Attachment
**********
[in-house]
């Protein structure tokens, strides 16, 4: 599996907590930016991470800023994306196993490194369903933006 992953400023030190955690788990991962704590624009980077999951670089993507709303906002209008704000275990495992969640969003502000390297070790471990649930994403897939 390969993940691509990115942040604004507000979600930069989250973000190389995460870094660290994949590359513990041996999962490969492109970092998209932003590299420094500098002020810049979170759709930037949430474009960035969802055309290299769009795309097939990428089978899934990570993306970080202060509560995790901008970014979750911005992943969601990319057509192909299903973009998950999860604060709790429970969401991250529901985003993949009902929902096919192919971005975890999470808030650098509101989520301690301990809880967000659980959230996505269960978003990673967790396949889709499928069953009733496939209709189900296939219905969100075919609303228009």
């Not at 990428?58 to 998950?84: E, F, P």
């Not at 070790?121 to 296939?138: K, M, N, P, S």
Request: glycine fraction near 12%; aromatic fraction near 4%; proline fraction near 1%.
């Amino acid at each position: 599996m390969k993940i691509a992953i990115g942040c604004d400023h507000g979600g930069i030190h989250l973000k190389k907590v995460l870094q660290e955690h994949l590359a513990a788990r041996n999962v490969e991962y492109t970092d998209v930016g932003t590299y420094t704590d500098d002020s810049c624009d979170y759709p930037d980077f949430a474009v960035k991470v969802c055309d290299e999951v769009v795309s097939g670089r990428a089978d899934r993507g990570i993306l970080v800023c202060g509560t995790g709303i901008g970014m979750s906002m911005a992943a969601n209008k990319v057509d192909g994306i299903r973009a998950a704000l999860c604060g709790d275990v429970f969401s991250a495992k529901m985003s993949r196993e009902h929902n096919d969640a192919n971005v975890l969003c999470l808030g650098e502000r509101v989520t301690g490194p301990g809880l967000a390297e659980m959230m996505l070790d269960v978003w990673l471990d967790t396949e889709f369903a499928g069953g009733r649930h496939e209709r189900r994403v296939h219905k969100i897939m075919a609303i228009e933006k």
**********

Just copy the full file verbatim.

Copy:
[in-house]
């Protein structure tokens, strides 16, 4: 599996907590930016991470800023994306196993490194369903933006 992953400023030190955690788990991962704590624009980077999951670089993507709303906002209008704000275990495992969640969003502000390297070790471990649930994403897939 390969993940691509990115942040604004507000979600930069989250973000190389995460870094660290994949590359513990041996999962490969492109970092998209932003590299420094500098002020810049979170759709930037949430474009960035969802055309290299769009795309097939990428089978899934990570993306970080202060509560995790901008970014979750911005992943969601990319057509192909299903973009998950999860604060709790429970969401991250529901985003993949009902929902096919192919971005975890999470808030650098509101989520301690301990809880967000659980959230996505269960978003990673967790396949889709499928069953009733496939209709189900296939219905969100075919609303228009």
């Not at 990428?58 to 998950?84: E, F, P």
């Not at 070790?121 to 296939?138: K, M, N, P, S």
Request: glycine fraction near 12%; aromatic fraction near 4%; proline fraction near 1%.
């Amino acid at each position: 599996m390969k993940i691509a992953i990115g942040c604004d400023h507000g979600g930069i030190h989250l973000k190389k907590v995460l870094q660290e955690h994949l590359a513990a788990r041996n999962v490969e991962y492109t970092d998209v930016g932003t590299y420094t704590d500098d002020s810049c624009d979170y759709p930037d980077f949430a474009v960035k991470v969802c055309d290299e999951v769009v795309s097939g670089r990428a089978d899934r993507g990570i993306l970080v800023c202060g509560t995790g709303i901008g970014m979750s906002m911005a992943a969601n209008k990319v057509d192909g994306i299903r973009a998950a704000l999860c604060g709790d275990v429970f969401s991250a495992k529901m985003s993949r196993e009902h929902n096919d969640a192919n971005v975890l969003c999470l808030g650098e502000r509101v989520t301690g490194p301990g809880l967000a390297e659980m959230m996505l070790d269960v978003w990673l471990d967790t396949e889709f369903a499928g069953g009733r649930h496939e209709r189900r994403v296939h219905k969100i897939m075919a609303i228009e933006k």